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Students win prize for study that found the potato is not the most Irish vegetable

The students from Dominican College, Taylor’s Hill in Galway placed second in the world in a competition, winning €500.

Students Sive Neary and Aoife Troxel who placed second in the world in the poster competition.
Students Sive Neary and Aoife Troxel who placed second in the world in the poster competition.
Image: CSO

TWO IRISH STUDENTS have placed second in the world in a competition for a poster featuring a study which found the potato is not the most Irish vegetable.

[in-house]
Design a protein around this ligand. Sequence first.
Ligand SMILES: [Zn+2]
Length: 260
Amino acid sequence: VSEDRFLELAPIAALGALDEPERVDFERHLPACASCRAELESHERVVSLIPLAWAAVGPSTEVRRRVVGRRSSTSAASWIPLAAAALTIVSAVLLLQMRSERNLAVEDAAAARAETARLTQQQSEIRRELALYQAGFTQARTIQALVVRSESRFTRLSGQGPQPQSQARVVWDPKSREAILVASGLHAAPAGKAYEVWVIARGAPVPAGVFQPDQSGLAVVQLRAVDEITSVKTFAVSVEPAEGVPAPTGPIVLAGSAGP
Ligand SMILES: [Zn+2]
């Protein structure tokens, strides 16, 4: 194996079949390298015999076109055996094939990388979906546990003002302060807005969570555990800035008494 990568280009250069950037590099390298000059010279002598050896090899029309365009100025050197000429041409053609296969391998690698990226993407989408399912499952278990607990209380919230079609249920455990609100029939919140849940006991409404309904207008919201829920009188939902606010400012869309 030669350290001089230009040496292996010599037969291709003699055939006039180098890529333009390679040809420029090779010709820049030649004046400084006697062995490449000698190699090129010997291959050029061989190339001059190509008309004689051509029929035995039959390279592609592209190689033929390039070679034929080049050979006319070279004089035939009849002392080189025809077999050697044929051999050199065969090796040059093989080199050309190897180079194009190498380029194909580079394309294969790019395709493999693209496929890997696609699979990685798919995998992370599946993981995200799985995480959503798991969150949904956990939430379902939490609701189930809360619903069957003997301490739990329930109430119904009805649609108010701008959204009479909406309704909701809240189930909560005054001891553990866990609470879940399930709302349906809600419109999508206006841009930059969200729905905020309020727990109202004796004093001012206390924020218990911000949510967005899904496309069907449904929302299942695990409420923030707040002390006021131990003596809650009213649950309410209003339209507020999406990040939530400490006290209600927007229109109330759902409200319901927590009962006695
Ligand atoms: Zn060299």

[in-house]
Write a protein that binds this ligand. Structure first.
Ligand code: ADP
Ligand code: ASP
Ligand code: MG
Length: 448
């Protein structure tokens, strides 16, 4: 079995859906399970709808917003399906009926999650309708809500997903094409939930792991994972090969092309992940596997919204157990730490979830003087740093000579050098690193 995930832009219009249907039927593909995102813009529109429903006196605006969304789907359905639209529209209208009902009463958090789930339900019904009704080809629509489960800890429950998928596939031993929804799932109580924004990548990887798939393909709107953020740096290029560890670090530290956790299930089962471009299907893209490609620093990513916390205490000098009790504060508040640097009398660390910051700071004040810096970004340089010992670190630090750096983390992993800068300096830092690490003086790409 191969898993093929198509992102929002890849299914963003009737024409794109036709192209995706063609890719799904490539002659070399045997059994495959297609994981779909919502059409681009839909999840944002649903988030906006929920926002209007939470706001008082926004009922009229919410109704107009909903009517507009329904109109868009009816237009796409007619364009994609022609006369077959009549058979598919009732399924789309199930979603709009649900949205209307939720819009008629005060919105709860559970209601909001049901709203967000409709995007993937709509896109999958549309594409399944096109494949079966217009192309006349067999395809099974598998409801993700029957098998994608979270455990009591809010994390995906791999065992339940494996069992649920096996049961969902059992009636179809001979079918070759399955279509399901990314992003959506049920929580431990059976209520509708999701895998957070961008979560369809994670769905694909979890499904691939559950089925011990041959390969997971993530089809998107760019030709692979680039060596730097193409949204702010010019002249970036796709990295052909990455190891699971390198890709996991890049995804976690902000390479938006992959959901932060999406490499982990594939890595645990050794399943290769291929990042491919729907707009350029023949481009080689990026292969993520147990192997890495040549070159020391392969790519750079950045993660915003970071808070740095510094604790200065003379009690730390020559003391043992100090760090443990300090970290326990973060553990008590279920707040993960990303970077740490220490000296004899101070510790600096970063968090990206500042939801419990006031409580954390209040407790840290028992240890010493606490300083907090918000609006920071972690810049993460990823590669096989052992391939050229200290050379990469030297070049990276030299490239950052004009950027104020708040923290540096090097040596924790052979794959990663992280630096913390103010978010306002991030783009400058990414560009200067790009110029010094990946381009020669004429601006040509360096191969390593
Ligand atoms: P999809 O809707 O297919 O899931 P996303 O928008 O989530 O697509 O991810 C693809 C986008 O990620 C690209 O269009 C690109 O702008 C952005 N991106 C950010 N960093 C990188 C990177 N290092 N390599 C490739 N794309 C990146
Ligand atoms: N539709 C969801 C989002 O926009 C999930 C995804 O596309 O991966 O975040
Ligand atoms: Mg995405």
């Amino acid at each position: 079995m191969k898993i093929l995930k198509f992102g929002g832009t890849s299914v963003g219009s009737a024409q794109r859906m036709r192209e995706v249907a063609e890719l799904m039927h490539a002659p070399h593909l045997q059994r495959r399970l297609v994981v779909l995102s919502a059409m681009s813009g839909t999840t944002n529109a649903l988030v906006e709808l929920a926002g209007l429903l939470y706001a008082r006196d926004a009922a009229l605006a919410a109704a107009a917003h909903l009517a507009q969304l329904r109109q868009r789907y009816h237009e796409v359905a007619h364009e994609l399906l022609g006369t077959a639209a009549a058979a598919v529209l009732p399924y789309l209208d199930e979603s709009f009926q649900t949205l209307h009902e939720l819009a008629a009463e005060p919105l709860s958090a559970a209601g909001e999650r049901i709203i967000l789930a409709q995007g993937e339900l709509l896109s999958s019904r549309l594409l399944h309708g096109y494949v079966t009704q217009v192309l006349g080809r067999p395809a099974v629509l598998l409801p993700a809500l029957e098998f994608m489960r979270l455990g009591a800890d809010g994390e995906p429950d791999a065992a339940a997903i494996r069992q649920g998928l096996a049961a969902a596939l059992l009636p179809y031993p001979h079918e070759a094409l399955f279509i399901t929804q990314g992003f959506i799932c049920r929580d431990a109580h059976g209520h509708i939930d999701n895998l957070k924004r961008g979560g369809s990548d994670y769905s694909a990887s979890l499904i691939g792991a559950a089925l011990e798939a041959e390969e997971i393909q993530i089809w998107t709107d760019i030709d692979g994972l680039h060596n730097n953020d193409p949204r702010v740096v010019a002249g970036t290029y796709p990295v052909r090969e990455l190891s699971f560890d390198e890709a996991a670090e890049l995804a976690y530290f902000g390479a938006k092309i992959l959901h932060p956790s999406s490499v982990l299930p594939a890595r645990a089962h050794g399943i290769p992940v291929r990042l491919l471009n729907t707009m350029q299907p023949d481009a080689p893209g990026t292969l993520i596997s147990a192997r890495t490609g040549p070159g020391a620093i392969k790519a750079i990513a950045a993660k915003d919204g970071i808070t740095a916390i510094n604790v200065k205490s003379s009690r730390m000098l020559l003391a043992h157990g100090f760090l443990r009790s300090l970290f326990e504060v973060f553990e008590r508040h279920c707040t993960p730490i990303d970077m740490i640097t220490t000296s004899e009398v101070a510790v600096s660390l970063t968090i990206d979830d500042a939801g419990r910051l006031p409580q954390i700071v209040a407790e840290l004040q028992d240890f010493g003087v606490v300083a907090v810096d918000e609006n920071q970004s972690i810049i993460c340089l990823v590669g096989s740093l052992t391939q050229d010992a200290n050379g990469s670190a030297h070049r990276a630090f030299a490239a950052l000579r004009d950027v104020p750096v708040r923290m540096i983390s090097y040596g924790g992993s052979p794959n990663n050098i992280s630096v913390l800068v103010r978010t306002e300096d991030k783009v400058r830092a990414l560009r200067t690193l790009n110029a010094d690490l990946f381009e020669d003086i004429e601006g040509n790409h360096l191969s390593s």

The study, cleverly entitled ‘Tracing the Roots of Irish Vegetables‘, investigated the availability of Irish-sourced vegetables in shops.

Sive Neary and Aoife Troxel from Dominican College, Taylor’s Hill in Galway, compiled data from six shops during the same week, collecting a range of vegetables.

They found that Tesco supplied the highest percentage of Irish vegetables, while Supervalu had the least.

Believe it or not, potatoes were not the most ‘Irish’ of vegetables with 92 per cent of mushrooms in their study sourced from Ireland compared to just over 60 per cent of spuds. The onion was found to be the least Irish vegetable as it was most often sourced from abroad.

The results of the competition were announced in Hong Kong yesterday and the students’ €500 win brings the poster’s haul to €2,100, as they previously bagged a medal in a Irish Central Statistics Office competition with it.

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